Cogswell tells the story of James's personal life and private passions as much as his public achievements. James was often accused of being too informal and insufficiently regal - but when his son, Charles I, decided to redress these criticisms in his own reign he was destroyed. This is a vivid portrait of an often underappreciated monarch.

Cnut (Penguin Monarchs)

Ryan Lavelle

Cnut, or Canute, is one of the great 'what ifs' of English history. The Dane who became King of England after a long period of Viking attacks and settlement, his reign could have permanently shifted eleventh-century England's rule to Scandinavia. Stretching his authority across the North Sea to become king of Denmark and Norway, and with close links to Ireland and an overlordship of Scotland, this formidable figure created a Viking Empire at least as plausible as the Anglo-Norman Empire that would emerge in 1066.

Ryan Lavelle's illuminating book cuts through myths and misconceptions to explore this fascinating and powerful man in detail. Cnut is most popularly known now for the story of the king who tried to command the waves, relegated to a bit part in the medieval story, but as this biography shows, he was a conqueror, political player, law maker and empire builder on the grandest scale, one whose reign tells us much about the contingent nature of history.

George I (Penguin Monarchs)

Tim Blanning

George I was not the most charismatic of the Hanoverian monarchs to have reigned in England but he was probably the most important. He was certainly the luckiest.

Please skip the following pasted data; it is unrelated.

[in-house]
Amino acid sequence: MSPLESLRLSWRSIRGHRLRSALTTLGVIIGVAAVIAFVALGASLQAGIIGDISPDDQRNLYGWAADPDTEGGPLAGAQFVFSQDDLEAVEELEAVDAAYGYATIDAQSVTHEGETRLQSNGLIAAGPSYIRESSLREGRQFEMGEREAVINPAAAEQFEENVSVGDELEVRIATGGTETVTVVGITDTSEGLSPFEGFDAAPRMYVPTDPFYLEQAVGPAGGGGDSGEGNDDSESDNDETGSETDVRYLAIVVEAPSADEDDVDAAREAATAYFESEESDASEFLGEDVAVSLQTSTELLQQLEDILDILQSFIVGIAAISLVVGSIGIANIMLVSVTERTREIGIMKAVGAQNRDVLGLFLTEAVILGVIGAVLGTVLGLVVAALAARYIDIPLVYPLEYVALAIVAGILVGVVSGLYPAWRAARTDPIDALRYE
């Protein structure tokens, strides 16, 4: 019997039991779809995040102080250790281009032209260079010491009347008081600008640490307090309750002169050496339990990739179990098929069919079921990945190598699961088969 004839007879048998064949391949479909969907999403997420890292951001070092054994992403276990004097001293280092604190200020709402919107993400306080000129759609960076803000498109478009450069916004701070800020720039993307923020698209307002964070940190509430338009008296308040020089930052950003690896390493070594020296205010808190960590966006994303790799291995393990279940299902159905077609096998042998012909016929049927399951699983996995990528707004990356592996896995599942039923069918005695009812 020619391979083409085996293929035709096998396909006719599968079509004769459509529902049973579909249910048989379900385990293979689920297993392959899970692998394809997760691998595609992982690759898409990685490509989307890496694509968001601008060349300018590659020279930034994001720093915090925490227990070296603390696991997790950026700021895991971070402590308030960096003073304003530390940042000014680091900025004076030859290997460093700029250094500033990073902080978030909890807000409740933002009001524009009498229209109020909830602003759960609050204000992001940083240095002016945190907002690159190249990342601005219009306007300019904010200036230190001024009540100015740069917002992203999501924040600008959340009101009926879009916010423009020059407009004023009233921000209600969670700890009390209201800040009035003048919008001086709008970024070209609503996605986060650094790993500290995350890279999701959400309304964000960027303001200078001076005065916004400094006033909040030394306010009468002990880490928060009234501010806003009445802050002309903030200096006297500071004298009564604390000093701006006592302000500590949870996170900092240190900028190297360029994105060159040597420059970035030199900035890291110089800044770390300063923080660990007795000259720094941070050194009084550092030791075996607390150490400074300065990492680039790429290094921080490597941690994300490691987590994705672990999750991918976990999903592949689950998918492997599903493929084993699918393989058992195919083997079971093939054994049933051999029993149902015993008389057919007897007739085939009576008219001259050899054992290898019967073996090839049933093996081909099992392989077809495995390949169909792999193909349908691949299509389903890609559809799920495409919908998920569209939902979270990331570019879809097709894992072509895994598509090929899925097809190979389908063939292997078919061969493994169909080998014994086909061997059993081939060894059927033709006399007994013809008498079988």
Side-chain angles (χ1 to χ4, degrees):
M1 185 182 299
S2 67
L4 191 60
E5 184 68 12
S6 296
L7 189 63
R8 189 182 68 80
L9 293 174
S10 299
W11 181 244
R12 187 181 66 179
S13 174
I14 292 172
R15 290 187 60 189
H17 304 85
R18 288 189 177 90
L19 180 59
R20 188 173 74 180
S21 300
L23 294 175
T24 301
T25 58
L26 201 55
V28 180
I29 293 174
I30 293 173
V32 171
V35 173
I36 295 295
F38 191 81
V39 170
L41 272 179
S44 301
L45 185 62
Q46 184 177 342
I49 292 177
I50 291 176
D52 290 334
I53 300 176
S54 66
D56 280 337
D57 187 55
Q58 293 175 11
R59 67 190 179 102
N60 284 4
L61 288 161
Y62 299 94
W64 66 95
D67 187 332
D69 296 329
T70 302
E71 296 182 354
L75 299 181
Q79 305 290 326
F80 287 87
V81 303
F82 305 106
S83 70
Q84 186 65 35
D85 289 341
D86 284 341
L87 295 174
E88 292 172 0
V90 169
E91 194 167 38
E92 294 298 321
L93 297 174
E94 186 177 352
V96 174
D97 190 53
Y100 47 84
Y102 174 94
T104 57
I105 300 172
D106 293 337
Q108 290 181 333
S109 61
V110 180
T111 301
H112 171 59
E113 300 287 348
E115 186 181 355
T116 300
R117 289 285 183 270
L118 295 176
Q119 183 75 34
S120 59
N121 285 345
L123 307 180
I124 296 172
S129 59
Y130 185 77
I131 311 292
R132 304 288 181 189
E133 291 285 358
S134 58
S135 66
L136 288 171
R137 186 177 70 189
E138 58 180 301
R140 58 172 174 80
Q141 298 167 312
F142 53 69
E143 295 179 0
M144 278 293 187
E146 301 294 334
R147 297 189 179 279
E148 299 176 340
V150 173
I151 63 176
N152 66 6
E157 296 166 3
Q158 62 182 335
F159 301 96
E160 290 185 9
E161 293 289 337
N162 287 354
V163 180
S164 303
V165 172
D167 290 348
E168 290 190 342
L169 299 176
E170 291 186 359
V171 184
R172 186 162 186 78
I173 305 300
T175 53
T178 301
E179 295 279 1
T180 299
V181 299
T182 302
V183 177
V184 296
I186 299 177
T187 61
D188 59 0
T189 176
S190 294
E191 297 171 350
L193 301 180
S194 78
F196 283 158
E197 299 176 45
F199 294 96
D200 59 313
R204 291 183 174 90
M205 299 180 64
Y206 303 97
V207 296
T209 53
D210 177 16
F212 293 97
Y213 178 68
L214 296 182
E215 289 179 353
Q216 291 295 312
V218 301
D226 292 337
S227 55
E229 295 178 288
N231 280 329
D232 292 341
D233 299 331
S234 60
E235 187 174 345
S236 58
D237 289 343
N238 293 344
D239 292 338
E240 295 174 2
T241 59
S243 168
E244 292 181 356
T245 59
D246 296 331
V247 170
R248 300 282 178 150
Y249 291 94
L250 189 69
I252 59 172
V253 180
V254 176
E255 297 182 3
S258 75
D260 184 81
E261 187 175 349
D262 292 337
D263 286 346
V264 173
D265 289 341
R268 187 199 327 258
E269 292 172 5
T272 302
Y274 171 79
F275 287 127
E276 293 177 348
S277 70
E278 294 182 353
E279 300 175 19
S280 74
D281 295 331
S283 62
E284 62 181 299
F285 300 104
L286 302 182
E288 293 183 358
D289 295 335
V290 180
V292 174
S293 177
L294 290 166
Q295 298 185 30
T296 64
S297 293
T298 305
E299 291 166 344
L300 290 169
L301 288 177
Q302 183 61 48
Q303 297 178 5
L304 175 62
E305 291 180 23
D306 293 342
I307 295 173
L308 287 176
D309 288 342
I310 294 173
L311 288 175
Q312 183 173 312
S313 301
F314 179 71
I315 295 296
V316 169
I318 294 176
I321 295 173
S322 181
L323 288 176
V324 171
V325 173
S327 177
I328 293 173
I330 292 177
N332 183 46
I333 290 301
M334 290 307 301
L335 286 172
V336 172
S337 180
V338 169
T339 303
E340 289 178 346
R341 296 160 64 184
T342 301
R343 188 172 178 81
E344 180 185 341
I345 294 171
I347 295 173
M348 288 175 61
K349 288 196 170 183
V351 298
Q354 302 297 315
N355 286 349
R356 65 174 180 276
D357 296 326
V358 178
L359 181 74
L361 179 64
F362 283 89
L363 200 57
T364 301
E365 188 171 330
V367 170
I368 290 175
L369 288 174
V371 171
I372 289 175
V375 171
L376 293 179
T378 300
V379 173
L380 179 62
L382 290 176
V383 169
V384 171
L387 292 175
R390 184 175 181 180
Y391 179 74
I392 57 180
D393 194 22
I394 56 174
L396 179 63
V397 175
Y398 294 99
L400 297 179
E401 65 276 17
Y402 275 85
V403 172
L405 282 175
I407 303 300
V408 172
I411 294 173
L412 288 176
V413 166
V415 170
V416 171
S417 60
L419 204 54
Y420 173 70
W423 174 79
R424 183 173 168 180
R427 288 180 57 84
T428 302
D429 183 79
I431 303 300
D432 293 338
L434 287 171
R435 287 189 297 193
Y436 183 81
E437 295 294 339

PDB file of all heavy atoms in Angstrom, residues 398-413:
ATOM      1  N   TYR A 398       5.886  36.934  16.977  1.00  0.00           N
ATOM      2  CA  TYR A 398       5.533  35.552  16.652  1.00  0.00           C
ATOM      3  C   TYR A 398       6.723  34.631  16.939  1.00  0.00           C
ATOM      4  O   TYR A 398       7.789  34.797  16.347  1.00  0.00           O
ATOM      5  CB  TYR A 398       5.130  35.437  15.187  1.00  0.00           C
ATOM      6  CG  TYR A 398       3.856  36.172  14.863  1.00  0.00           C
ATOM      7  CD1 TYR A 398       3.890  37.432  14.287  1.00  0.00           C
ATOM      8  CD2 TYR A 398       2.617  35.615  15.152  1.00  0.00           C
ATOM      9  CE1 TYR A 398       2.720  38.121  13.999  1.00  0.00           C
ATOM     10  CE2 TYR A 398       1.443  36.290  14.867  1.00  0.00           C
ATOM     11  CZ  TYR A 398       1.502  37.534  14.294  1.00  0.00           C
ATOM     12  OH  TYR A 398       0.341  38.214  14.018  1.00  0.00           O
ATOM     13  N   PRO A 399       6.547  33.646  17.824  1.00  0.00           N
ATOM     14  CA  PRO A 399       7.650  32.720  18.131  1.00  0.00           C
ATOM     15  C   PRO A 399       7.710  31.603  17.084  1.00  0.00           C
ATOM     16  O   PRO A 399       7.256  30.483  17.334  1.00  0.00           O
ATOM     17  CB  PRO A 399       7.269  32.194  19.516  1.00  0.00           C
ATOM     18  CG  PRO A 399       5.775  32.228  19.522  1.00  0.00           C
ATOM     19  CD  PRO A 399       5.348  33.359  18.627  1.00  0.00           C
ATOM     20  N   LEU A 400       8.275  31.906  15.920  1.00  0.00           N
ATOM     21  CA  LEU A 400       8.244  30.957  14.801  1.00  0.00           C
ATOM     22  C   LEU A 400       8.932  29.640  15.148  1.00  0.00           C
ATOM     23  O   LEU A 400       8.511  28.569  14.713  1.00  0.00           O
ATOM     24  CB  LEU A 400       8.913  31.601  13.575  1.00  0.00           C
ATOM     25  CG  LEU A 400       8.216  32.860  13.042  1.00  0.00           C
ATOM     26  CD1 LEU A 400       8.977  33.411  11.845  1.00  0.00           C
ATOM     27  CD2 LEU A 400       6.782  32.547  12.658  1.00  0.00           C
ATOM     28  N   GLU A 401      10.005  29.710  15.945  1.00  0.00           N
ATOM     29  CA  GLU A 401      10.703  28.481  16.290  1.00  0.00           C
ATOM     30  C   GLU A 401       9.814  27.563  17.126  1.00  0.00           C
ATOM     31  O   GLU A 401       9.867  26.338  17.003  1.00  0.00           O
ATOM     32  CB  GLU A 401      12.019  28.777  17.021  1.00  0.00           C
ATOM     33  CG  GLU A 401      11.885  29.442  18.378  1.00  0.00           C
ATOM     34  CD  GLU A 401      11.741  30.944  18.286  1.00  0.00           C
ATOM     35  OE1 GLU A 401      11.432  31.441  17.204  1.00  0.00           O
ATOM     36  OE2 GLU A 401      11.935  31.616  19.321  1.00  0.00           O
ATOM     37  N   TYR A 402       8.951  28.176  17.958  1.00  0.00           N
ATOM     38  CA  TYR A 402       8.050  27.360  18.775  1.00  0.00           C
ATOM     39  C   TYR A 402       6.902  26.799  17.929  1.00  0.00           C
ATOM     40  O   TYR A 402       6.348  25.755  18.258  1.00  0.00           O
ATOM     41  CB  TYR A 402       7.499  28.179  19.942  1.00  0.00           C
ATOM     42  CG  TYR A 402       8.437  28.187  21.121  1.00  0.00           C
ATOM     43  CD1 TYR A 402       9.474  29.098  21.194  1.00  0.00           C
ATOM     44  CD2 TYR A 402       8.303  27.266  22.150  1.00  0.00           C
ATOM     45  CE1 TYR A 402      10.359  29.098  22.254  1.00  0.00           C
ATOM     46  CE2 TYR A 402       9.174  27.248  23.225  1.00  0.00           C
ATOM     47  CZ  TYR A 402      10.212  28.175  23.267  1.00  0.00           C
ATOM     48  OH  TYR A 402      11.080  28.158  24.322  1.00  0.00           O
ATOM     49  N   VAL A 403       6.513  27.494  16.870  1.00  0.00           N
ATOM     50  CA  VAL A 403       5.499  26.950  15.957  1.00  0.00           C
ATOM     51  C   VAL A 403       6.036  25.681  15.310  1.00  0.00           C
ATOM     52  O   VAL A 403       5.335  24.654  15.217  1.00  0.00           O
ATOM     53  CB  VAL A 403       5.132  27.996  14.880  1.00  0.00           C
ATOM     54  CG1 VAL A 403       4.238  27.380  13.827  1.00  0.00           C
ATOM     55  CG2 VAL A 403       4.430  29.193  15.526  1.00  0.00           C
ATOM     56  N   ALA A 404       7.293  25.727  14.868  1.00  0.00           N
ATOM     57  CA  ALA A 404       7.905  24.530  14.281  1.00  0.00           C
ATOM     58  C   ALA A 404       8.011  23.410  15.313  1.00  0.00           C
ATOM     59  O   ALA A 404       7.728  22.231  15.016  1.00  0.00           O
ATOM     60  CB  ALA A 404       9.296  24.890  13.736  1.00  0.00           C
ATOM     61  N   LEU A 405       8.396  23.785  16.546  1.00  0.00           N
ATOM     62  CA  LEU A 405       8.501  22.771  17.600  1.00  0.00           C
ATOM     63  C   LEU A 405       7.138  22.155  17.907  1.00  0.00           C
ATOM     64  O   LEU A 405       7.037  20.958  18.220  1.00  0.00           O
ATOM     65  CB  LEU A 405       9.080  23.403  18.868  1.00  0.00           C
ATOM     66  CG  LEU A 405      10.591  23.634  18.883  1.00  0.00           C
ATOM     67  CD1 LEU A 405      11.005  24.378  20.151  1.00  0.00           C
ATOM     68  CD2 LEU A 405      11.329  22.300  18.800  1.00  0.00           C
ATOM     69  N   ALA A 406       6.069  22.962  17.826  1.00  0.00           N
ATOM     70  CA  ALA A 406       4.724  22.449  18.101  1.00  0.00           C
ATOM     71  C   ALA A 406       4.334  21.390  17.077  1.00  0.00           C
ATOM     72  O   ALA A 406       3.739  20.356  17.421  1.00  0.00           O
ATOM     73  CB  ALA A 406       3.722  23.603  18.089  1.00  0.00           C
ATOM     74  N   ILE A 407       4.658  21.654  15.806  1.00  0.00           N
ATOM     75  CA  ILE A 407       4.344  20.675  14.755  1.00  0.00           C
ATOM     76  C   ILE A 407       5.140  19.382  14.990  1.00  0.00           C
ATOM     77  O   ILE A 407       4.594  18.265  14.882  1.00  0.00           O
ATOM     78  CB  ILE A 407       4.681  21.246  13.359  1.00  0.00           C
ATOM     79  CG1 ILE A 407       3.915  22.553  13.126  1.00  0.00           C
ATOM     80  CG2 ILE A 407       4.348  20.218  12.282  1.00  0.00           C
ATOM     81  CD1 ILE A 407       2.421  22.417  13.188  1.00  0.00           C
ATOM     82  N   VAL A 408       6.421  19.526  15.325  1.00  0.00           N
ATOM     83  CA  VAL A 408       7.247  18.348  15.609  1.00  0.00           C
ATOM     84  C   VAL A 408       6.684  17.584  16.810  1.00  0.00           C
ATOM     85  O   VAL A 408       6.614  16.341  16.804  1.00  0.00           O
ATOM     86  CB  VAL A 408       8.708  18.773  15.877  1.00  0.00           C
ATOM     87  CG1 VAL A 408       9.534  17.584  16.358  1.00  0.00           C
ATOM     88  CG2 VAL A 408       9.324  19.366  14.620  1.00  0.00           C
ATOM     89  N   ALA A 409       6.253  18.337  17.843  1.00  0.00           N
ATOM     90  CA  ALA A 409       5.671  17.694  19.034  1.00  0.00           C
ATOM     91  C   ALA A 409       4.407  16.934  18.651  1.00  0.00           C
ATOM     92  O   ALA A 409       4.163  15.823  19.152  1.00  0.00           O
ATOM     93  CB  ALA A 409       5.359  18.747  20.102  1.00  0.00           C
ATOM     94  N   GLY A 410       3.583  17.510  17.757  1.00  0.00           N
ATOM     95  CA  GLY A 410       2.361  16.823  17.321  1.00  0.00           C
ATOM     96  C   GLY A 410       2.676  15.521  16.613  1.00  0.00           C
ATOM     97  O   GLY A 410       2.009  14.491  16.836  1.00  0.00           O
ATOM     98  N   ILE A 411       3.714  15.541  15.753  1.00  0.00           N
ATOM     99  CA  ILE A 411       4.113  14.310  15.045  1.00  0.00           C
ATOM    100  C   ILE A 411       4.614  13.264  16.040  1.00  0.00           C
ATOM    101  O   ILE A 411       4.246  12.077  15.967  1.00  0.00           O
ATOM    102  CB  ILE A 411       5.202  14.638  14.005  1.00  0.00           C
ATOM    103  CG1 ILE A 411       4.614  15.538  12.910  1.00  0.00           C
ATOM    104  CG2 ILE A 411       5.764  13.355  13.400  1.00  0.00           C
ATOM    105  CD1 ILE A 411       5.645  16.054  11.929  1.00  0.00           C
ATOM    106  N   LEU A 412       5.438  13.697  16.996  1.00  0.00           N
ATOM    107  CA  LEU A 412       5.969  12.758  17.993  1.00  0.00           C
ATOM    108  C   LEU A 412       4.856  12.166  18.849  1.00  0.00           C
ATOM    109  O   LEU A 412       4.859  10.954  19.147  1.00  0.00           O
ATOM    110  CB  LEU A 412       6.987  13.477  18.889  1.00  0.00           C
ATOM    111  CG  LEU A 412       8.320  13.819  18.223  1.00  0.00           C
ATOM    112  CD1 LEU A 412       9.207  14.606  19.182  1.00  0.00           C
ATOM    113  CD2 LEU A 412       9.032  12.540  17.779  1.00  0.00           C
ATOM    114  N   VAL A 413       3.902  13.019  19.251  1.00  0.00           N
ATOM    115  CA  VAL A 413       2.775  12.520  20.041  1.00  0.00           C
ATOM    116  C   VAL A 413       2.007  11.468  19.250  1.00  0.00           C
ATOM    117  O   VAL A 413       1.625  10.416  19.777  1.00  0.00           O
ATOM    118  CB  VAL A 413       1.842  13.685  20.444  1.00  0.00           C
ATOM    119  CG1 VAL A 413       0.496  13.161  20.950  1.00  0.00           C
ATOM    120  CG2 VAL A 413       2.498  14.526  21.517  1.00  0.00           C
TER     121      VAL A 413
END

Born the youngest son of a landless German duke, he was taken by repeated strokes of good fortune to become, first the ruler of a major state in the Holy Roman Empire of the German Nation and then the sovereign of three kingdoms (England, Ireland and Scotland).

Tim Blanning's incisive short biography examines George's life and career as a German prince, and as King. Fifty-four years old when he arrived in London in 1714, he was a battle-hardened veteran, who put his long experience and deep knowledge of international affairs to good use in promoting the interests of both Hanover and Great Britain. When he died, his legacy was order and prosperity at home and power and prestige abroad. Disagreeable he may have been to many, but he was also tough, determined and effective, at a time when other European thrones had started to crumble.

Richard I (Penguin Monarchs)

Thomas Asbridge

Richard I's reign is both controversial and seemingly contradictory. One of England's most famous medieval monarchs and a potent symbol of national identity, he barely spent six months on English soil during a ten-year reign and spoke French as his first language. Contemporaries dubbed him the 'Lionheart', reflecting a carefully cultivated reputation for bravery, prowess and knightly virtue, but this supposed paragon of chivalry butchered close to 3,000 prisoners in cold blood on a single day. And, though revered as Christian Europe's greatest crusader, his grand campaign to the Holy Land failed to recover the city of Jerusalem from Islam.

Seeking to reconcile this conflicting evidence, Thomas Asbridge's incisive reappraisal of Richard I's career questions whether the Lionheart really did neglect his kingdom, considers why he devoted himself to the cause of holy war and asks how the memory of his life came to be interwoven with myth. Richard emerges as a formidable warrior-king, possessed of martial genius and a cultured intellect, yet burdened by the legacy of his dysfunctional dynasty and obsessed with the pursuit of honour and renown.

Elizabeth I (Penguin Monarchs)

Helen Castor

Part of the Penguin Monarchs series: short, fresh, expert accounts of England's rulers in a collectible format